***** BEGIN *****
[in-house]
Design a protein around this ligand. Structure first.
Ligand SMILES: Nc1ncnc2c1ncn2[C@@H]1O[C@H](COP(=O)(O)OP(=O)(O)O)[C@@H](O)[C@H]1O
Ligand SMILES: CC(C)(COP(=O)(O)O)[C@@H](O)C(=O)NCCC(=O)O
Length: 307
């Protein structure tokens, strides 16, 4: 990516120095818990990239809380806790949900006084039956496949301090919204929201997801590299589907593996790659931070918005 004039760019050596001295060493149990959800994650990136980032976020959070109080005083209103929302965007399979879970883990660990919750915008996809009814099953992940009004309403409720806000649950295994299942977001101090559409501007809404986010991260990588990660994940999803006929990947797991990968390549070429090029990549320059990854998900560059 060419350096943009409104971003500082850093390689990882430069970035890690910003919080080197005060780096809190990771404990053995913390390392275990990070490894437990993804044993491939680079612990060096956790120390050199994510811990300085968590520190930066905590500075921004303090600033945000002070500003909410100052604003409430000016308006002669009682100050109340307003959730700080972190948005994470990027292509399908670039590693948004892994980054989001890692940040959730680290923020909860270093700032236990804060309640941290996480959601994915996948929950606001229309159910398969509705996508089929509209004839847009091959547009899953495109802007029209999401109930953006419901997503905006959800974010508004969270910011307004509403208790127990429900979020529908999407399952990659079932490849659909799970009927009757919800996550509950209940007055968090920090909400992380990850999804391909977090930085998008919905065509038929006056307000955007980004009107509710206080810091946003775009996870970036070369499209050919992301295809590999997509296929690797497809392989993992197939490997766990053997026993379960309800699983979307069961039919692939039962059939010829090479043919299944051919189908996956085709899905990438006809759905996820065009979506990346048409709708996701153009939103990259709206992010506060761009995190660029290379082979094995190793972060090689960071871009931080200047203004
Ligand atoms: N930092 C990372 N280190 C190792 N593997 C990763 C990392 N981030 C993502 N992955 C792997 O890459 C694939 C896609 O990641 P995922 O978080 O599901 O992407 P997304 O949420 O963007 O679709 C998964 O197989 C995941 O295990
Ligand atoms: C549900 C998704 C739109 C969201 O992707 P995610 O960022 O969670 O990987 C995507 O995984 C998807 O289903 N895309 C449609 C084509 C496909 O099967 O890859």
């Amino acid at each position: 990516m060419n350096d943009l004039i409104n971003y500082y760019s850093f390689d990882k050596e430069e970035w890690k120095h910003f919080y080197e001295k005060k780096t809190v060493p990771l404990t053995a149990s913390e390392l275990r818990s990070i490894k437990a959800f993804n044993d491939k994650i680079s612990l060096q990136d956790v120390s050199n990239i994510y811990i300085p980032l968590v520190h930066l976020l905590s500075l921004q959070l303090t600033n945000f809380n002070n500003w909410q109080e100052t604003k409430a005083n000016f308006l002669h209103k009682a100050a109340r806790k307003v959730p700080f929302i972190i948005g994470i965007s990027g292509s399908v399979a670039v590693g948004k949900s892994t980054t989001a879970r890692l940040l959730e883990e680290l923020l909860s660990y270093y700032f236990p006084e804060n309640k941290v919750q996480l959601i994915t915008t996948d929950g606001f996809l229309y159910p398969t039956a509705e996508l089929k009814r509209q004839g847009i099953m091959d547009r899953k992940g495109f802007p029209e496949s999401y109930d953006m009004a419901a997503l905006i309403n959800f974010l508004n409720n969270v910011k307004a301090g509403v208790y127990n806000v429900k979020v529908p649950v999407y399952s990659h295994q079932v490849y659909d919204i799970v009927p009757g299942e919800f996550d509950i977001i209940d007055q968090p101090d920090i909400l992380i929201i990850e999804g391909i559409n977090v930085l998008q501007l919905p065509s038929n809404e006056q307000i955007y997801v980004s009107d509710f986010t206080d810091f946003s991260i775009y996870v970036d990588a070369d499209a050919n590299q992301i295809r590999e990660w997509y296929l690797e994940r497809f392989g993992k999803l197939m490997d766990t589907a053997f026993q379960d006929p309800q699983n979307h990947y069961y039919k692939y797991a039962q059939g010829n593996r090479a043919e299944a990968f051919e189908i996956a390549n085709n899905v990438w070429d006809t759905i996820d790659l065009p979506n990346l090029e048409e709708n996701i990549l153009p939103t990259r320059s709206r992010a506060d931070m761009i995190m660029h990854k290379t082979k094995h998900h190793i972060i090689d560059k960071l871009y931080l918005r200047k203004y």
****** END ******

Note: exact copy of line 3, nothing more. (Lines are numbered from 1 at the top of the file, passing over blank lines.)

Ligand SMILES: Nc1ncnc2c1ncn2[C@@H]1O[C@H](COP(=O)(O)OP(=O)(O)O)[C@@H](O)[C@H]1O